Board of Directors vs. Board of Management: What is the Difference?
While boards and management hold close ties to one another, their duties and responsibilities are distinctly different. Look to the definitions between a board and governance for the first clue as to the differences between them.
A board is an organized group of people with the collective authority to control and foster an institution that is usually administered by a qualified executive and staff. Governance is the act, process or power of governing. If we look at it simplistically, the board makes the decisions and management carries them out. Due to the litigious nature of our society, boards are taking a stronger interest in day-to-day management activities because of the ensuing impact on its fiduciary responsibilities. Boards need to be informed of how the organization is being managed to protect its legal responsibilities, but the board role should not cross over into performing management duties. Here are some of the basic responsibilities for boards and management:
Responsibilities of Boards of Directors The Board Chair leads the board in keeping with the organization’s vision, mission, and strategic planning goals. Duties of boards include:
Choosing the CEO
Approving major policies
Making major decisions
Serving as external advocate
Responsibilities of Board of Management The CEO leads the organization in keeping with the board’s direction. The duties of management include:
Making operational decisions
Making operational policies
Keeping the board educated and informed
Bringing well-documented recommendations and information to the board
Benchmarks for Determining Board Functions Even when you consider the basic principle that boards make decisions while management implements the plans, the complexity of today’s business world often muddies the waters. Boards function best when they focus on higher-level, future-oriented issues; but there are times that they need to get more intrinsically involved. When the board sees negative results, it’s a red flag to delve deeper into management issues to get the organization back on track in order to fulfill their duties to shareholders and stakeholders. Following are some benchmarks for boards to better understand when a situation requires taking action:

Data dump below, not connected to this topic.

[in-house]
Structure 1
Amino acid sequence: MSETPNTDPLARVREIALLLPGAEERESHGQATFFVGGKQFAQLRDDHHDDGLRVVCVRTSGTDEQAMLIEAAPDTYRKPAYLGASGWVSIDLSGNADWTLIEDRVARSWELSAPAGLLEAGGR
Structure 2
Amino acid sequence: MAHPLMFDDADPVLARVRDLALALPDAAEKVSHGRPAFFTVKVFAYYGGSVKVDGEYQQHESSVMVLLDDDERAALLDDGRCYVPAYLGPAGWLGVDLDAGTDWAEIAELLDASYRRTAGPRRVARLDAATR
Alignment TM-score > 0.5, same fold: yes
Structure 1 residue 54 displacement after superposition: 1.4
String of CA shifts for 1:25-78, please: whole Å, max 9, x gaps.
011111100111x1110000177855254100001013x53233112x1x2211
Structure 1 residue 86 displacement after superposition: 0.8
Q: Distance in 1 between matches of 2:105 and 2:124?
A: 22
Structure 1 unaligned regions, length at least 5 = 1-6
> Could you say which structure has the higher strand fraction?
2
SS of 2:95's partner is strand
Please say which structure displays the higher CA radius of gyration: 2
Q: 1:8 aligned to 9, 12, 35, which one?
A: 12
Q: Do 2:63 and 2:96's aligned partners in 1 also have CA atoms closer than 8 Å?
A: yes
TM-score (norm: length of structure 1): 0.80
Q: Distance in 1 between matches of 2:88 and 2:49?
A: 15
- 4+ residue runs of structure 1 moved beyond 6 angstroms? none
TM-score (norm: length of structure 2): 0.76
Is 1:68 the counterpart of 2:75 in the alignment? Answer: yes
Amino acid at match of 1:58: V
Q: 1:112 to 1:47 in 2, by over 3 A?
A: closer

Big Decisions Boards should take a stronger role on big matters. This means matters that may have a negative impact on the organization or with regard to matters that have strong financial stakes. This doesn’t mean that the board should get directly involved in management issues. It means that they should be informed about issues so that they can make appropriate decisions.
Future Impact Boards should focus on the long-term vision. They do this by forecasting how the organization will look up to five years in the future. Boards should limit their involvement to quality, growth, finances, and people. Future goals should be measured by initiatives and key indicators.
Relevance to the Mission In determining their level of involvement, board members should assess whether an issue is relevant to the fidelity of the organization’s mission. This means that the board has a responsibility to determine and direct whether activities are in keeping with the mission.